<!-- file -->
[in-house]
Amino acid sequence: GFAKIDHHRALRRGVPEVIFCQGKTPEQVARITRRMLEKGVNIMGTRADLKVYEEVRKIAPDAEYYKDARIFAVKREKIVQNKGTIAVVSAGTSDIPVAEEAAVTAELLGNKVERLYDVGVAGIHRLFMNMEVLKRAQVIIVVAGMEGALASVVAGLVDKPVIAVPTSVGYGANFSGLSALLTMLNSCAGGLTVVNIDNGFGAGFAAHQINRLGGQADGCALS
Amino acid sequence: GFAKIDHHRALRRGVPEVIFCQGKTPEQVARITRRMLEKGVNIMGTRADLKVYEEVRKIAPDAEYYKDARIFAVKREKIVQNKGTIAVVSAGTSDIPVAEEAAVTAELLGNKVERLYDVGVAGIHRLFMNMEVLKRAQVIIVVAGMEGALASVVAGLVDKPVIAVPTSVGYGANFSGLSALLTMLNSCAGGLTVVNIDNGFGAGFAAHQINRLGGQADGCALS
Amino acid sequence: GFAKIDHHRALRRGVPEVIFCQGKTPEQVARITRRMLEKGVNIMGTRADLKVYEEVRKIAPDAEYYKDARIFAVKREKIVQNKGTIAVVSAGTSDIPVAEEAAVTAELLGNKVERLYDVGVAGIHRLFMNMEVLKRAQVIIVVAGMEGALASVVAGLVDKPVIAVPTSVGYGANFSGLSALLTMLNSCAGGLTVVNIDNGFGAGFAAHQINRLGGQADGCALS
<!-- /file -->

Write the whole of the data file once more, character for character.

[in-house]
Amino acid sequence: GFAKIDHHRALRRGVPEVIFCQGKTPEQVARITRRMLEKGVNIMGTRADLKVYEEVRKIAPDAEYYKDARIFAVKREKIVQNKGTIAVVSAGTSDIPVAEEAAVTAELLGNKVERLYDVGVAGIHRLFMNMEVLKRAQVIIVVAGMEGALASVVAGLVDKPVIAVPTSVGYGANFSGLSALLTMLNSCAGGLTVVNIDNGFGAGFAAHQINRLGGQADGCALS
Amino acid sequence: GFAKIDHHRALRRGVPEVIFCQGKTPEQVARITRRMLEKGVNIMGTRADLKVYEEVRKIAPDAEYYKDARIFAVKREKIVQNKGTIAVVSAGTSDIPVAEEAAVTAELLGNKVERLYDVGVAGIHRLFMNMEVLKRAQVIIVVAGMEGALASVVAGLVDKPVIAVPTSVGYGANFSGLSALLTMLNSCAGGLTVVNIDNGFGAGFAAHQINRLGGQADGCALS
Amino acid sequence: GFAKIDHHRALRRGVPEVIFCQGKTPEQVARITRRMLEKGVNIMGTRADLKVYEEVRKIAPDAEYYKDARIFAVKREKIVQNKGTIAVVSAGTSDIPVAEEAAVTAELLGNKVERLYDVGVAGIHRLFMNMEVLKRAQVIIVVAGMEGALASVVAGLVDKPVIAVPTSVGYGANFSGLSALLTMLNSCAGGLTVVNIDNGFGAGFAAHQINRLGGQADGCALS